|ICTJ has partnered with Elders Foundation, the Association for Historical Dialogue and Research (AHDR) to produce an education pack for teachers called “Thinking Historically about Missing Persons: A Guide for Teachers.”|
ICTJ’s Christalla Yakinthou, co-author of the education pack, says the tool is unprecedented. “The project is a global leader linking education with the issue of missing persons,” she said. “As far as we are aware, there is no education materials anywhere dealing with the missing and disappeared, which is remarkable because there are missing and disappeared everywhere.”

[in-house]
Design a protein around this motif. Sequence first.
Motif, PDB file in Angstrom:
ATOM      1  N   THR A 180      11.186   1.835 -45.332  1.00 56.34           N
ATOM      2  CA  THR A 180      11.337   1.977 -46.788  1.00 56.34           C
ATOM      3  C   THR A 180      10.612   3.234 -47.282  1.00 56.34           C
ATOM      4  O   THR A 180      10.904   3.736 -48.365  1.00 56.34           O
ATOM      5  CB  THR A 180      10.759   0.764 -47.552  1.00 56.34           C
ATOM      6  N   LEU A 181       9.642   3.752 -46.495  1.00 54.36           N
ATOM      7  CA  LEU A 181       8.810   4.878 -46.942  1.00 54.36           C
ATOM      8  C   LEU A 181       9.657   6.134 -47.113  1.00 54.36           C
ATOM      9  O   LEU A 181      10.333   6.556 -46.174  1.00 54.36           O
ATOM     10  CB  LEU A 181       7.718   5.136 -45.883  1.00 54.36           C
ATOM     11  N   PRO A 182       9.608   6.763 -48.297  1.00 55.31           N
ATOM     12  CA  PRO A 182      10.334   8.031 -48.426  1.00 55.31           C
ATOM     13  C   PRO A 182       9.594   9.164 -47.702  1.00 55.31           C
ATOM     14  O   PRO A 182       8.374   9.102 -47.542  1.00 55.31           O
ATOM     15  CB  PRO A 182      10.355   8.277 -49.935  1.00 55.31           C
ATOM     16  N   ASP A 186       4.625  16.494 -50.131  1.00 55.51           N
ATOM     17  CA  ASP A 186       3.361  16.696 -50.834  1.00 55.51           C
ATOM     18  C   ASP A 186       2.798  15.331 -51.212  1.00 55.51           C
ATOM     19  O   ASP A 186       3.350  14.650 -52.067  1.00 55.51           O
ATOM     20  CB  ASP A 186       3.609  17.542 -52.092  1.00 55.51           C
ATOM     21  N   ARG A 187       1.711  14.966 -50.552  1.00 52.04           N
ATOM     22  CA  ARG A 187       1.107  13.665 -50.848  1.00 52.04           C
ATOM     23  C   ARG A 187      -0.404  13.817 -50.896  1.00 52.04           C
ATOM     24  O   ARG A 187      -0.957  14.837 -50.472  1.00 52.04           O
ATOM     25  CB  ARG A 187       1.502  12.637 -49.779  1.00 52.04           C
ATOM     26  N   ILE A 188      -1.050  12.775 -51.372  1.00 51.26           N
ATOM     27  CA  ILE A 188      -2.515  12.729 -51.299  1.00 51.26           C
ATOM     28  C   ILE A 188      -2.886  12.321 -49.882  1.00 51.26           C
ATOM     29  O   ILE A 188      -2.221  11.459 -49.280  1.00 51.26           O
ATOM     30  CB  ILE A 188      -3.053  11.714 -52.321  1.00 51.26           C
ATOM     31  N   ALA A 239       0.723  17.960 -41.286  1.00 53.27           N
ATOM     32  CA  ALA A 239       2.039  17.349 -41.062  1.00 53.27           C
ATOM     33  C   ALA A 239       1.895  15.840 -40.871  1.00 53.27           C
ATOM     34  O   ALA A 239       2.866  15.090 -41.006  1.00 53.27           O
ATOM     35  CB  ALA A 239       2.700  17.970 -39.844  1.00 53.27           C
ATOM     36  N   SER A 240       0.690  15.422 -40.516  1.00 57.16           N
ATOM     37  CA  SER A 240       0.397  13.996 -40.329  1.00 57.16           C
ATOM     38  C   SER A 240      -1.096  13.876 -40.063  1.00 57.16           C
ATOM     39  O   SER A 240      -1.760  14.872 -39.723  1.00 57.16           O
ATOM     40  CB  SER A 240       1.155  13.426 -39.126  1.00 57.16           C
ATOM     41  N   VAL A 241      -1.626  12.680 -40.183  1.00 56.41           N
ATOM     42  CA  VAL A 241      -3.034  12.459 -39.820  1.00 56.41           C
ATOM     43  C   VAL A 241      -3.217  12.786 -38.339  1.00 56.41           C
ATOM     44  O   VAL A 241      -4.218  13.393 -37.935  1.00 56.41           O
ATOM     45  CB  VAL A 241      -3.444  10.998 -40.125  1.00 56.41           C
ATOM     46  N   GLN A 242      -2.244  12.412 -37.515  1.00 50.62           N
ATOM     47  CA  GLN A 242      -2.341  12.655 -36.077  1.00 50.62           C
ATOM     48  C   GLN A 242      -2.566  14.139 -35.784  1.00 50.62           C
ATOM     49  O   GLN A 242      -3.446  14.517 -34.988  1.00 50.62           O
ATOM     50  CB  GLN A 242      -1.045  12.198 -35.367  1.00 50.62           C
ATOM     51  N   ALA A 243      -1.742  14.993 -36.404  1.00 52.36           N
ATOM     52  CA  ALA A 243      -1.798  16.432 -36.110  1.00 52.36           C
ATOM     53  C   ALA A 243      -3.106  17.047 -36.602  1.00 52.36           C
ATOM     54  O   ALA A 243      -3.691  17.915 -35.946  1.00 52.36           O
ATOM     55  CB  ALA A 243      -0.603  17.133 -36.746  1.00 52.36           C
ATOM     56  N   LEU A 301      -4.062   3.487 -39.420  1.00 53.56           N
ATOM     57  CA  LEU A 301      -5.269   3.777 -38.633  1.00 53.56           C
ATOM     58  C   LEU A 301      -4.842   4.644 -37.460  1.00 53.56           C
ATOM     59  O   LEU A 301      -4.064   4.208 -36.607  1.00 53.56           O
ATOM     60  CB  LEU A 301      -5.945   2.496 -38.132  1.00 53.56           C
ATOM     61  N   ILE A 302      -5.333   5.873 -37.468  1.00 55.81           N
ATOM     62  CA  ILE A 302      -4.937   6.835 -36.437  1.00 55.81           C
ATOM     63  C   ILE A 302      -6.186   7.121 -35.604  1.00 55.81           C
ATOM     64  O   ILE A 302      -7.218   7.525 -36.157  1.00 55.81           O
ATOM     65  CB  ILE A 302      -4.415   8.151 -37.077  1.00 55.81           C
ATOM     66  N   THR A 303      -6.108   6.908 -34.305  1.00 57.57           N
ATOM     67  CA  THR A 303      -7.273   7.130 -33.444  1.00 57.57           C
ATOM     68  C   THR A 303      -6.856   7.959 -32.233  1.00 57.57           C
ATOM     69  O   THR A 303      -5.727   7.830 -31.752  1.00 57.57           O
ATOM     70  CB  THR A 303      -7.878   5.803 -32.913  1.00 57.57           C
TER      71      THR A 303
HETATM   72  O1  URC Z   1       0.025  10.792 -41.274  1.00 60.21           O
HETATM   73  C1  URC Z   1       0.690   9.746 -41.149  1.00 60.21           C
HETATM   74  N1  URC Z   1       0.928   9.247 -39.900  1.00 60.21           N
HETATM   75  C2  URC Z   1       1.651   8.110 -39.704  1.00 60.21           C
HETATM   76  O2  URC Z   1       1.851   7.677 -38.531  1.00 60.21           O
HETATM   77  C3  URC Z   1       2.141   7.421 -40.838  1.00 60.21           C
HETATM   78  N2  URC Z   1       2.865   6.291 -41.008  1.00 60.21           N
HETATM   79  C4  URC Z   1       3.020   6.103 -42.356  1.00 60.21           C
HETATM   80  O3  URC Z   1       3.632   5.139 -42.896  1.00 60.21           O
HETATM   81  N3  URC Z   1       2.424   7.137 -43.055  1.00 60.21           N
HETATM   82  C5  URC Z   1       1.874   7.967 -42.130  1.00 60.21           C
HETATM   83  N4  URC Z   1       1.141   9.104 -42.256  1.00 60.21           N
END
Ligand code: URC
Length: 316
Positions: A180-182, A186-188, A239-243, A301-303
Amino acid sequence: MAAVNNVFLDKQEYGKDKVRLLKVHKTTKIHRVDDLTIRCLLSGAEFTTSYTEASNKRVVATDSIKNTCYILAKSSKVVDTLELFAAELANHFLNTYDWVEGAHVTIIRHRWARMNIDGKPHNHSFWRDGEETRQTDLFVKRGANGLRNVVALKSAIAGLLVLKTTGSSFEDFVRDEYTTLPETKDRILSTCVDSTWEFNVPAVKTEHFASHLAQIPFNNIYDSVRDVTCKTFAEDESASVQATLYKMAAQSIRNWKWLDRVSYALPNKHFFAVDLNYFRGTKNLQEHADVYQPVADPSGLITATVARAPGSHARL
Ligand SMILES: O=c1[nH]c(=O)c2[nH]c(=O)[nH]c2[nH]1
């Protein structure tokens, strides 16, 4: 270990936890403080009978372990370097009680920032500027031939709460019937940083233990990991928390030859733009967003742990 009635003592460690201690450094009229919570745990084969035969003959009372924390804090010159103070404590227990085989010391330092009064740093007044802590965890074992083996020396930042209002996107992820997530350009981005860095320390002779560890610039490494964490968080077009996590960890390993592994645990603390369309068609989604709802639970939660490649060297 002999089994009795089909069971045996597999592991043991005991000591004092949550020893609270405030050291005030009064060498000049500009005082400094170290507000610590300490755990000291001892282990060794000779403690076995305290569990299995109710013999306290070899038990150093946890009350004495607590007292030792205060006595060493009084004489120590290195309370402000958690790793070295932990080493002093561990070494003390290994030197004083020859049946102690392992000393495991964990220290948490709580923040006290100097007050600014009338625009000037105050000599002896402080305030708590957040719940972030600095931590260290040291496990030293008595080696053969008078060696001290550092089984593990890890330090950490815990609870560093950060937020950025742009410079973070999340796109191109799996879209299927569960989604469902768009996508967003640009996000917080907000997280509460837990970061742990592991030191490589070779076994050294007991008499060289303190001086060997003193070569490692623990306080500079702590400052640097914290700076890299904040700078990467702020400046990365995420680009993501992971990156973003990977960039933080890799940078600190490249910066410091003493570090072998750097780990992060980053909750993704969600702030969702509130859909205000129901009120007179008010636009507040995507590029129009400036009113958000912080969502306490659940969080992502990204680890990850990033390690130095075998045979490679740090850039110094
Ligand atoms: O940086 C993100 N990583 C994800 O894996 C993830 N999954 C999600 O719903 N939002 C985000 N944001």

Through links, film segments, newspaper clippings, the education pack seeks to promote historical thinking by applying the skills and concepts of history education to the issue of the missing persons. Skills and concepts from the discipline of history teaching help teachers and approach the emotionally charged issue of the disappeared.
PHOTO: “Disappeared” exhibition at Donostia Kultura, by the prestigious photographer Gervasio Sánchez. Photo by Iñigo Royo.